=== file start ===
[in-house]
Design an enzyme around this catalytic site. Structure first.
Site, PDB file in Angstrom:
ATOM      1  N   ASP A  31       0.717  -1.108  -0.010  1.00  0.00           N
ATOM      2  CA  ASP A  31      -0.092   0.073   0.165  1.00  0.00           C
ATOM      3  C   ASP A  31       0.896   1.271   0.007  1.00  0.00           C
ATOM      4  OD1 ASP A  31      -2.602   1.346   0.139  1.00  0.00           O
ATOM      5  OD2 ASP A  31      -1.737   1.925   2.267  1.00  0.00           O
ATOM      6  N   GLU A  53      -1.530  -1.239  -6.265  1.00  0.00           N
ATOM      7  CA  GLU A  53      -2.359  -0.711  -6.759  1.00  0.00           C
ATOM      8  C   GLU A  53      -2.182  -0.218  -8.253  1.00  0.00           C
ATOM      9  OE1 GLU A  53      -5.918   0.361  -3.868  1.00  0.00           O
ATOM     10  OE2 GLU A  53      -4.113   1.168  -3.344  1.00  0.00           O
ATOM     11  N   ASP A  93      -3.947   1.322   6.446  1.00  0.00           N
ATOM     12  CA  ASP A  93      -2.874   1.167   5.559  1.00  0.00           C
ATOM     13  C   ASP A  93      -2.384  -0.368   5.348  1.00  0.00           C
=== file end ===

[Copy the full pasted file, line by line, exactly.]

[in-house]
Design an enzyme around this catalytic site. Structure first.
Site, PDB file in Angstrom:
ATOM      1  N   ASP A  31       0.717  -1.108  -0.010  1.00  0.00           N
ATOM      2  CA  ASP A  31      -0.092   0.073   0.165  1.00  0.00           C
ATOM      3  C   ASP A  31       0.896   1.271   0.007  1.00  0.00           C
ATOM      4  OD1 ASP A  31      -2.602   1.346   0.139  1.00  0.00           O
ATOM      5  OD2 ASP A  31      -1.737   1.925   2.267  1.00  0.00           O
ATOM      6  N   GLU A  53      -1.530  -1.239  -6.265  1.00  0.00           N
ATOM      7  CA  GLU A  53      -2.359  -0.711  -6.759  1.00  0.00           C
ATOM      8  C   GLU A  53      -2.182  -0.218  -8.253  1.00  0.00           C
ATOM      9  OE1 GLU A  53      -5.918   0.361  -3.868  1.00  0.00           O
ATOM     10  OE2 GLU A  53      -4.113   1.168  -3.344  1.00  0.00           O
ATOM     11  N   ASP A  93      -3.947   1.322   6.446  1.00  0.00           N
ATOM     12  CA  ASP A  93      -2.874   1.167   5.559  1.00  0.00           C
ATOM     13  C   ASP A  93      -2.384  -0.368   5.348  1.00  0.00           C